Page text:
October 17, 2002
6:20 AM   Subscribe

The US government recently released a draft of the National Strategy to Secure Cyberspace, essentially it advocates ensuring security through consensus, with vendors, government agencies and consumers taking responsibility for the tools they use. That's not enough for Marcus Ranman who in the TISC newsletter advocates passing legislation mandating consumers and ISPs to install firewalls and anti-viral software. At what point does an individuals (corporate or consumer) chosen level of computer security become a concern for the federal government?
posted by cedar (7 comments total)
Nobody talks about cyberspace anymore ... :P
posted by carter at 6:40 AM on October 17, 2002

At what point does an individuals (corporate or consumer) chosen level of computer security become a concern for the federal government?

At the same point that Richard Stallman's refusal to secure his own systems at the AI Lab became a concern for MIT: when trusted, but unsecure, systems are used as a platform for attacks on other systems.

MIT solved the problem by threatening to push the AI Lab off the campus network, turning it into an "untrusted" system. Which seems like the right approach here, too. Everyone knows how rapidly government mandates adapt to changing conditions, right?
posted by kewms at 6:47 AM on October 17, 2002

how the hell would you effectively enforce such a mandate?
posted by trioperative at 7:03 AM on October 17, 2002

how the hell would you effectively enforce such a mandate?

I don't think it would be all that difficult. Ranman would like to see it made illegal to sell a computer without anti-viral software and/or a firewall. He also suggests that the government produce such software and provide it for free.

Technically, embedding it into an OS wouldn't be a big deal and if you've ever tried to uninstall IE from Windows your aware that once embedded it would likely stay put.
posted by cedar at 7:14 AM on October 17, 2002

the federal government talks about 'cyberspace' all the time, which IMHO, is part of the problem. a pseudo-nonsense word to describe a non-existent "place". (perfectly aligned with the bush administrations public communication policy!)

the september 23 issue of Federal Computer Week features several articles that reveal the utter cluelessness of the administration to grapple with this very real issue. the policy is a joke, consisting largely of tentative "shoulds" and virtually no "musts" or "shalls".

quoting from a sidebar entitled "what it says":
"Federal information technology experts say the Bush administrations recommendations for how agencies should secure critical information systems from cyberattacks does not give IT managers enough direction and will do little to ensure that the systems are secure."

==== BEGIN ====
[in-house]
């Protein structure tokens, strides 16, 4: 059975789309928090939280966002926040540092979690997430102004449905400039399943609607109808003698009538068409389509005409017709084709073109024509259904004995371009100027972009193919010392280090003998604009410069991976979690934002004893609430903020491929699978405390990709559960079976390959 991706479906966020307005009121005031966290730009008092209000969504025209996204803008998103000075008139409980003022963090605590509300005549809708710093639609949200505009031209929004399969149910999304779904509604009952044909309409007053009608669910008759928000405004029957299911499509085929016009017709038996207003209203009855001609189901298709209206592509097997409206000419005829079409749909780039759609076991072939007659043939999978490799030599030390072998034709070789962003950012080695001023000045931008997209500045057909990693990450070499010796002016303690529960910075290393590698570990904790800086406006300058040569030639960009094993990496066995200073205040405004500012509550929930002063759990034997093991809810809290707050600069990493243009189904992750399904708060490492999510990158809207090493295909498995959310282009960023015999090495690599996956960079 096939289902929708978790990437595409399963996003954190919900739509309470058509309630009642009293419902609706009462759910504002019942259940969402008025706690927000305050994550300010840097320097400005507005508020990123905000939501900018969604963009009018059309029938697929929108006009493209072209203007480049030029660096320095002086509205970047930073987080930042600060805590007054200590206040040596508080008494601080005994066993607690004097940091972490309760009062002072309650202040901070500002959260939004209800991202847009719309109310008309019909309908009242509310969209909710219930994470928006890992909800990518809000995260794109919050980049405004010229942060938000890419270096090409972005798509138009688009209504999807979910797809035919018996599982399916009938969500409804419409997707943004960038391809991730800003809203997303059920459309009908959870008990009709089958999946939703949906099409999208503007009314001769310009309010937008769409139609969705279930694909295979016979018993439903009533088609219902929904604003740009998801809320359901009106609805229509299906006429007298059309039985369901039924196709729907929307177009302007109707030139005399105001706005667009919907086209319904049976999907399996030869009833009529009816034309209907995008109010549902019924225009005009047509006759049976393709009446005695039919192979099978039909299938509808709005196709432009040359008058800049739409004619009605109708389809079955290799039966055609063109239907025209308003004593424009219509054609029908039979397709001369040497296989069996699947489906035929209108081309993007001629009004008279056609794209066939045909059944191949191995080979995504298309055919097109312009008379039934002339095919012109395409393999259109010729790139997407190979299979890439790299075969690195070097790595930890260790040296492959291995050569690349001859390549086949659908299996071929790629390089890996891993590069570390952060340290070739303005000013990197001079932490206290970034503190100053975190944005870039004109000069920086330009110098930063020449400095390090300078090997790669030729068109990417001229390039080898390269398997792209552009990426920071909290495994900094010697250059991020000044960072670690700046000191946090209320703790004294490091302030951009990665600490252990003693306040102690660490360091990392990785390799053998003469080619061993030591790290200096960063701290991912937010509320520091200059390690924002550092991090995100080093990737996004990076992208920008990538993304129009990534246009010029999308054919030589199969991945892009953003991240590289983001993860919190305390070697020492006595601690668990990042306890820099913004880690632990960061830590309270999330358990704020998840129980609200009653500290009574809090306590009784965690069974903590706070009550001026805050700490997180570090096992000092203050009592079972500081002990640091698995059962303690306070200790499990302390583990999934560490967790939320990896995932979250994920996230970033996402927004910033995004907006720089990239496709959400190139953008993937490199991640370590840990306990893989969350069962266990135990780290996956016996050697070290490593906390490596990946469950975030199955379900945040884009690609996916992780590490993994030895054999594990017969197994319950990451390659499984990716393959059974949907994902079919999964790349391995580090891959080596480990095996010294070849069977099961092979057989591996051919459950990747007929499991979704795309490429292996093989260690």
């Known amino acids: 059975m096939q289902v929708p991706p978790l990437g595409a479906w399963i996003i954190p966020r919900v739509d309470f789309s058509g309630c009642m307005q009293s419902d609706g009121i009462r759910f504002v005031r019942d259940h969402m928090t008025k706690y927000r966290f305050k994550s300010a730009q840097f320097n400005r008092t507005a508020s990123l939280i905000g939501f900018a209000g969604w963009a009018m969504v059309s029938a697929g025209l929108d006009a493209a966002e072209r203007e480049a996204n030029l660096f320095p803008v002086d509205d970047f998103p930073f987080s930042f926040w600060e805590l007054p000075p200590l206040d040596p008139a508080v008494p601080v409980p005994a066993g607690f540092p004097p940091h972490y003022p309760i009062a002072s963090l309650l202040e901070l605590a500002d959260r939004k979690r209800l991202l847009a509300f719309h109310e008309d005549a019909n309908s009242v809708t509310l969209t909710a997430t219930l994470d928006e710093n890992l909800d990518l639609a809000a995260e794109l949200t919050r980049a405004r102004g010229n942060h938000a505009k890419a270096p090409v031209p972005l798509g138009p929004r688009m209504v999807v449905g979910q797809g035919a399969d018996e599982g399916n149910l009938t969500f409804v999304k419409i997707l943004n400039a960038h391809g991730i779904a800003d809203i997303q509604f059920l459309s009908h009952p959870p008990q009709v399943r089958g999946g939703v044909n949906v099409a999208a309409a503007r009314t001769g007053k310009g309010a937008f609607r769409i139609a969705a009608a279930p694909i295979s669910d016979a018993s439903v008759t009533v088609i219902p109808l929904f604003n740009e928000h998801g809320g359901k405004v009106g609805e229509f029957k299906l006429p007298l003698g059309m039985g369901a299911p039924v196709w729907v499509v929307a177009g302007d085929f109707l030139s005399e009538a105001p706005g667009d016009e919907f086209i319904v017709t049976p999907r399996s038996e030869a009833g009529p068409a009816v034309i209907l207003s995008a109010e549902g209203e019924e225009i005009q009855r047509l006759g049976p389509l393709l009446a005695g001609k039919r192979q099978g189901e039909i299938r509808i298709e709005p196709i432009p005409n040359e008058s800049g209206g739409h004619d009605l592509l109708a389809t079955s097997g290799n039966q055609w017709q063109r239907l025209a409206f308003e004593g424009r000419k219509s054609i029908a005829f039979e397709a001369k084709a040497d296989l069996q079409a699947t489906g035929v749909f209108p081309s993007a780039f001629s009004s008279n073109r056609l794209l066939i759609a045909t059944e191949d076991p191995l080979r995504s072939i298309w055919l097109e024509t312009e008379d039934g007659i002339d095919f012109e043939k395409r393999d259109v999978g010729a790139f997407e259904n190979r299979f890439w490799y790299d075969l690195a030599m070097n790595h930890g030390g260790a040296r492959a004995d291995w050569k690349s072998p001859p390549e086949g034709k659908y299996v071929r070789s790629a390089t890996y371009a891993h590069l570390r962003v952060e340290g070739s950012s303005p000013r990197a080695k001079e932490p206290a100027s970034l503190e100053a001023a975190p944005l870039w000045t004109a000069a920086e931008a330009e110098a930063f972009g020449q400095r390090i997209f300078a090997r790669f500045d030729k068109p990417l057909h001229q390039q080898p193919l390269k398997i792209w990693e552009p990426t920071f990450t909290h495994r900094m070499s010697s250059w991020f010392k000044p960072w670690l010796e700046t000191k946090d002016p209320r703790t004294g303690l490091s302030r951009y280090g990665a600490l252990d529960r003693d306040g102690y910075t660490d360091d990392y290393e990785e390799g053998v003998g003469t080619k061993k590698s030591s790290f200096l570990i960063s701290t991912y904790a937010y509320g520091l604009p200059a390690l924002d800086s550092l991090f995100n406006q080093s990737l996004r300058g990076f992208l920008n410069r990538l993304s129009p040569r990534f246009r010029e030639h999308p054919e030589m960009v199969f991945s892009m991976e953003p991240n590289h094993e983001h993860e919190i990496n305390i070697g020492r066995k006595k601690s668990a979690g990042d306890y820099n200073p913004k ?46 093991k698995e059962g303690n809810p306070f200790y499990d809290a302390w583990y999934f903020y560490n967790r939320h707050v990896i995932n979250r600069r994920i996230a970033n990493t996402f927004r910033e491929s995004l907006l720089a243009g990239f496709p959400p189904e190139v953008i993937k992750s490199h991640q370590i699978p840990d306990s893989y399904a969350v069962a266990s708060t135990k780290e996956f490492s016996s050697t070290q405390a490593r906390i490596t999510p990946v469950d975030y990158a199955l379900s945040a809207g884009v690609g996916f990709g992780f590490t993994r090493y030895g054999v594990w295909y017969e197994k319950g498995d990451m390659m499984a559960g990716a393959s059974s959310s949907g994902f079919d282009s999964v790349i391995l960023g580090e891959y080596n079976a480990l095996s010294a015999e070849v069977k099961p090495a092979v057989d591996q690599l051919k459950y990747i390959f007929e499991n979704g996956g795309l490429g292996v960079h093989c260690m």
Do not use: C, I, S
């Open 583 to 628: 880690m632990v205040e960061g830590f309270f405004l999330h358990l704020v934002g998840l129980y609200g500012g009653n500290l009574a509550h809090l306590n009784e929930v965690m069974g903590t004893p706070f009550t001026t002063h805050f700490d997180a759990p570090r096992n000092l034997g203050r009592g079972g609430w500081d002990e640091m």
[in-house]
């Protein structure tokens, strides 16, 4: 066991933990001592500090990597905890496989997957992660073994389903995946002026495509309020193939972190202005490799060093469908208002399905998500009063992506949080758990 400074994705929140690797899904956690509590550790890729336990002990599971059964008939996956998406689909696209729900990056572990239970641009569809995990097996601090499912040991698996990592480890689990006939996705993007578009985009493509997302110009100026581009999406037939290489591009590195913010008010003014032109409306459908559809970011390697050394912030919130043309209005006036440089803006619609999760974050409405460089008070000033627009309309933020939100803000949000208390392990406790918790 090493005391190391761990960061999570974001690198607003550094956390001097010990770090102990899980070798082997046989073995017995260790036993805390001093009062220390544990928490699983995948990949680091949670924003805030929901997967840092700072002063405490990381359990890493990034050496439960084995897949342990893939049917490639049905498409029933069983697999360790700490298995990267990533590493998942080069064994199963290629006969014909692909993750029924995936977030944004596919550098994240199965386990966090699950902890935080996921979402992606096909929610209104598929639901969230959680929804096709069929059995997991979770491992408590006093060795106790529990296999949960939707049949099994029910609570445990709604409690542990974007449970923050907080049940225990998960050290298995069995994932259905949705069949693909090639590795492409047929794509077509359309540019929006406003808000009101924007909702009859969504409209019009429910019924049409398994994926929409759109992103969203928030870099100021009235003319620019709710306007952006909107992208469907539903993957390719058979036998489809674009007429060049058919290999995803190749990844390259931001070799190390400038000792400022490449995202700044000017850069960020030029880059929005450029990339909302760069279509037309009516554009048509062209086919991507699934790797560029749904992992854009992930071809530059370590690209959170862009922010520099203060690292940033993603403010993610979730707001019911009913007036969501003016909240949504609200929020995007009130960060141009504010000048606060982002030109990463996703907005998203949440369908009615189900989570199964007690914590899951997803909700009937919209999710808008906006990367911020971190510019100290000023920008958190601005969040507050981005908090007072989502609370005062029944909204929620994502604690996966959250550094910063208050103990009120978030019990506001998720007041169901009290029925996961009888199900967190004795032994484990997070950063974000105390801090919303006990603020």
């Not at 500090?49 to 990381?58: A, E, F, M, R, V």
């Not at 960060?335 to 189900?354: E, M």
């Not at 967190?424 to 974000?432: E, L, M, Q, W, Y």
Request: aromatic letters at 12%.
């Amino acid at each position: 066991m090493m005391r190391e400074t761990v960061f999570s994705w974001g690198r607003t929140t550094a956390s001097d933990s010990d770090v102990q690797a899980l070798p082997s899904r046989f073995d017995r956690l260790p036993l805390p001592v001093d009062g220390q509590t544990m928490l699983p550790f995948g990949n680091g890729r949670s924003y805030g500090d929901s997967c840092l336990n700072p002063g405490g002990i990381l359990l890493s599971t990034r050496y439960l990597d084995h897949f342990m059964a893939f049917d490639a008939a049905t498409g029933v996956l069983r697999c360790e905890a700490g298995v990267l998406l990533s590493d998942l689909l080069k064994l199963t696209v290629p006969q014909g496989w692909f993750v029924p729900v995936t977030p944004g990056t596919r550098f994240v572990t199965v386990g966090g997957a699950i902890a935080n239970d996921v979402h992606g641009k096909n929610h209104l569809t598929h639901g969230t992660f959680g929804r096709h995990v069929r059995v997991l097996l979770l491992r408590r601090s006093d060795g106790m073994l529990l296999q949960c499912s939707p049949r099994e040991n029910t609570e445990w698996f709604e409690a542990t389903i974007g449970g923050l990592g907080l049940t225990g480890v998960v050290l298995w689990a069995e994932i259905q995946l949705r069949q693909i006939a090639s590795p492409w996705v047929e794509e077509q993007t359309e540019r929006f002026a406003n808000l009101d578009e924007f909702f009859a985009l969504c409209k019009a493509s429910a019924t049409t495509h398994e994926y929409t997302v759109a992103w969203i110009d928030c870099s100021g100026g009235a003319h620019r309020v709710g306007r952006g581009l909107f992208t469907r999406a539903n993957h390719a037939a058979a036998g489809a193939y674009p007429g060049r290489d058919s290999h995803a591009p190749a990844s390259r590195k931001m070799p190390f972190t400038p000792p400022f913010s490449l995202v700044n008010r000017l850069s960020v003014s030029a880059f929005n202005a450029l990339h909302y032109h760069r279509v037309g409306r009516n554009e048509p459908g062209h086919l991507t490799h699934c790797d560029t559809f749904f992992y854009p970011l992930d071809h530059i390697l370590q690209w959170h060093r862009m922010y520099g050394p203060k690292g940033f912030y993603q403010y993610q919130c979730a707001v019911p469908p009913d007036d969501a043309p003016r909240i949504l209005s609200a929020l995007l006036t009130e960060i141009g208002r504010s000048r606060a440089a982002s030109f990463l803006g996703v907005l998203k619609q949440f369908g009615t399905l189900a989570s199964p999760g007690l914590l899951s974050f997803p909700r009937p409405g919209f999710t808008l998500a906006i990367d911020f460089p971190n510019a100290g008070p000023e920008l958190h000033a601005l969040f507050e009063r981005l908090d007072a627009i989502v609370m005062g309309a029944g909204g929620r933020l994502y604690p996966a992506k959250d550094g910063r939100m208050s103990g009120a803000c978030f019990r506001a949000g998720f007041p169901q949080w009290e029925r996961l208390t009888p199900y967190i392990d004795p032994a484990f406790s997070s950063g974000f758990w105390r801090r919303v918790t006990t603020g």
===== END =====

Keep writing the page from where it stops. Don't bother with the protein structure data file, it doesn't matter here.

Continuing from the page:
for my money, any report that refers to the internet as "cyber" anything is the work of morons.
posted by quonsar at 7:15 AM on October 17, 2002

If the feds want to mandate and enforce security policies for federal employees that's fine by me, in fact, I'm all for it. Federal computers should be secure.

On the other hand, when they tell me that I can't purchase a system without pre-installed (and I would assume configured) firewall I cringe. I see a few problems.

First, who's going to determine which firewall software is suitable and what level of security is suitable? Marcus just happens to write commercial firewall software (which I've been involved with evaluating in the past) so from his point of view we wouldn't need to look any further. Of course, in his world we wouldn't be allowed any inbound connections either, so you couldn't serve via FTP or other protocols. Hey, its secure, and that's a small price to pay for having to give up serving a MUD and FTP sites for the open source software projects I'm involved with.

Second, what do you do about linux, BSD and other open source operating systems? Sure, you could twist Red Hat's arm into supplying a firewall with the default install, but what's to prevent you from doing an install from scratch that doesn't have one? There's also an increasing number of devices with some sort of network connection, what about PDAs, game machines and cell phones?

Since Marcus also proposes having consumers foot the bill through a security tax some people will be penalized multiple times. Laptop, desktop, PDA, game machine, digital video recorder... it'll add up pretty quick.
posted by substrate at 7:37 AM on October 17, 2002

Marcus is a talented programmer and all, but he's not the brightest bulb on social issues. Security is, at the end, a social issue-- a fact that most technical professionals in security-related fields tend to forget. Even the most technically complex protections must involve the actions of people, and people are fallible.

That said, there's no denying that better security would benefit everyone. But the best way to acheive this is to make the owner of the system responsible for lapses in his security that lead to losses elsewhere; we already do this, to some extent-- if my system is used to compromise another, I can be sued in civil court for damages.

Most of all, we need to hold vendors responsible when lapses in their securty measures make their customers vulnerable. In other words, we need to enforce liability on software vendors.

Taxing and mandatory firewalls won't do diddly.
posted by Cerebus at 9:40 AM on October 17, 2002

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